Cooking Mama: Sweet Shop Review — A Good, Old-Fashioned Roast

Cooking Mama: Sweet Shop for Nintendo 3DS is more half-baked than icing on the cake. How does it hold up compared to other games in the series?

on May 16, 2017 8:00 AM

I like to think I’m an objective reviewer — I’ve given more than critical scores to games and series I adore, and treated niche games with the respect they deserve. I thought I was prepared to go into Cooking Mama: Sweet Shop, a series I had touched upon briefly through its six other games on Nintendo DS, Nintendo 3DS and Wii U. I was wrong.

Something about Cooking Mama: Sweet Shop broke me. I’m not sure if it was the repetitive voice work, the anti-intuitive controls or the overall pointlessness surrounding the game, but I dreaded having to switch from Fire Emblem Echoes: Shadows of Valentia to tap a screen and make virtual baked goods. Unless you are a hardcore Cooking Mama fan (and Reddit suggest there are about eleven of you), I would stay far away from this title in lieu of most other games on Nintendo 3DS or otherwise.

The Cooking Mama pre-dated the tap-based mobile market games, originally launching in 2006 on Nintendo DS. At that time, the mechanics of the game were essentially novel — players were asked to tap, touch, and select things on the lower screen in an effort to cook meals. The game followed in the latest trend, brought around by Elite Beat Agents and Feel the Magic: XY/XX.

Over a decade later, the novelty has worn out its welcome on Nintendo systems and gaming as a whole. Touching the bottom screen in mini-game fashion has been both perfected and exhausted. Blowing the screen isn’t as fascinating as it once was. Maybe it is the prevalence of iPhone games, or perhaps the deluge of shovel-ware that existed on Nintendo platforms, but the mechanics are tired.

Cooking Mama: Sweet Shop Review -- A Good, Old-Fashioned Roast

I jump into that history lesson, because it is the entire being of Cooking Mama: Sweet Shop. Players are tasked — just like in previous games — to tap the screen to crack eggs, mix ingredients, bake goods, and move items around in the refrigerator. The only real change between this and previous game is Cooking Mama: Sweet Shop relies entirely on, as you would imagine, desserts.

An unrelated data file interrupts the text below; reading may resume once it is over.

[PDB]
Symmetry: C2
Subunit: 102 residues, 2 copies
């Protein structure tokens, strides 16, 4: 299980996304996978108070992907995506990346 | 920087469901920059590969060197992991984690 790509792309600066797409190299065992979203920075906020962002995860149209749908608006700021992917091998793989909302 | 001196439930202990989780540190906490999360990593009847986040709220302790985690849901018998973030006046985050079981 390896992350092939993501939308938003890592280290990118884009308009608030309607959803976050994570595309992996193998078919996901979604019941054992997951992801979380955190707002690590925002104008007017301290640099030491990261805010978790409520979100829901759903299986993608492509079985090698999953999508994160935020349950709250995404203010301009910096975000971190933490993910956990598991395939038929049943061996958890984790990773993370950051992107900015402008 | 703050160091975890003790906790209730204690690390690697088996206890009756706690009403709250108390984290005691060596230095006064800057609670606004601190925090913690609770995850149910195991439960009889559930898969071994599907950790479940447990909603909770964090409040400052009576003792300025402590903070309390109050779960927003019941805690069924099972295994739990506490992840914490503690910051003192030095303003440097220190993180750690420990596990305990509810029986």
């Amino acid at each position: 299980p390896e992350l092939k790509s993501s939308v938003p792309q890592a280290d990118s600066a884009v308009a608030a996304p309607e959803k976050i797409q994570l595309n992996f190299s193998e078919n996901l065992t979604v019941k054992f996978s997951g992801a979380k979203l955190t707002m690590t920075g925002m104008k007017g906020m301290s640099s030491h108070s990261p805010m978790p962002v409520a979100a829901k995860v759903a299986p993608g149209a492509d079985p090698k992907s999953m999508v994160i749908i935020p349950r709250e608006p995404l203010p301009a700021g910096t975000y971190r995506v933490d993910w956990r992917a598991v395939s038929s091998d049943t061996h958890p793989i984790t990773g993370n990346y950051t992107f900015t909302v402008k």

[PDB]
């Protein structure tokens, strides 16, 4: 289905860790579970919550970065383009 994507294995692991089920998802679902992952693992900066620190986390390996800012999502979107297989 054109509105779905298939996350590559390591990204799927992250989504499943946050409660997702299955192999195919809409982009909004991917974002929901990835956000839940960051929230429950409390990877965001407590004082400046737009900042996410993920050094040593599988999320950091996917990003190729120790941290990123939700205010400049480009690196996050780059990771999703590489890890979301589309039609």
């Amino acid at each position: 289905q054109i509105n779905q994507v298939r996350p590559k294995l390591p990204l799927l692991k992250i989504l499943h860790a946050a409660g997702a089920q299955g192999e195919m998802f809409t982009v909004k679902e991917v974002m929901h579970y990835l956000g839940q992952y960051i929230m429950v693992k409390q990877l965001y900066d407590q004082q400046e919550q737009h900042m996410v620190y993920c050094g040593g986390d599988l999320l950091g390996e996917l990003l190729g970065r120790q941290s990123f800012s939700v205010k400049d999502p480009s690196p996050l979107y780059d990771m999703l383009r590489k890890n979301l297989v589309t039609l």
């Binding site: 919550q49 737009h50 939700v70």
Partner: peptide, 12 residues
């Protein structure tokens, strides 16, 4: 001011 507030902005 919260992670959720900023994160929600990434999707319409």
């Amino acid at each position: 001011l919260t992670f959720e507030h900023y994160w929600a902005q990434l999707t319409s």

I already had my misgivings with title as soon as I launched it — all of the in-game menus require you to use the touch screen to navigate. I tried fumbling around with the settings to see if there was any way to move around the system with the buttons, to no avail.

Cooking Mama: Sweet Shop Review -- A Good, Old-Fashioned Roast

The actual game consists of 60 different recipes for varying desserts, and they are (for the most part) diverse and interesting. Meanwhile, the game boasts 120 different mini-games — each recipe will require you to do between five and ten of them to complete the dish. And while 120, sounds like a lot, I would have guessed there were a third of the amount based on how frequently a select few games are repeated.

Delving further, these mini-games are mixed in quality and playability. Some, like throwing ingredients in the correct order, are legitimately fun. Others, like setting the oven to a specific time and temperature (two seconds after it is shown) seem tedious and dull. Finally, there are the mini-games that are patently broken — notably squeezing frosting out in circular motions, which feels like torture on the dated Nintendo 3DS touch screen.

To get a perfect score on a recipe, you are required to finish all of the mini-games before the incredibly long timer ticks down. Honestly, the lack of challenge may be dullest aspect of the game overall — I watched as I got gold medals on every mini-game, regardless of whether I read the instructions. And yeah, the game is aimed at the causal and child market — but it wouldn’t be the end of the world to add difficulty options or a hard, expert chef mode, would it?

Cooking Mama: Sweet Shop Review -- A Good, Old-Fashioned Roast

And the few times I did mess something up (like I mentioned, I would breeze past the directions because they are rarely necessary to read)? There is no quick way to retry a step in the recipe. If you want to avoid getting the silver medal for a dessert, you have to either finish the dessert and start over or quit the recipe and start back at the first mini-game. I’m not sure if this was poor design, or a way to artificially expend the game’s life, but it was frustrating.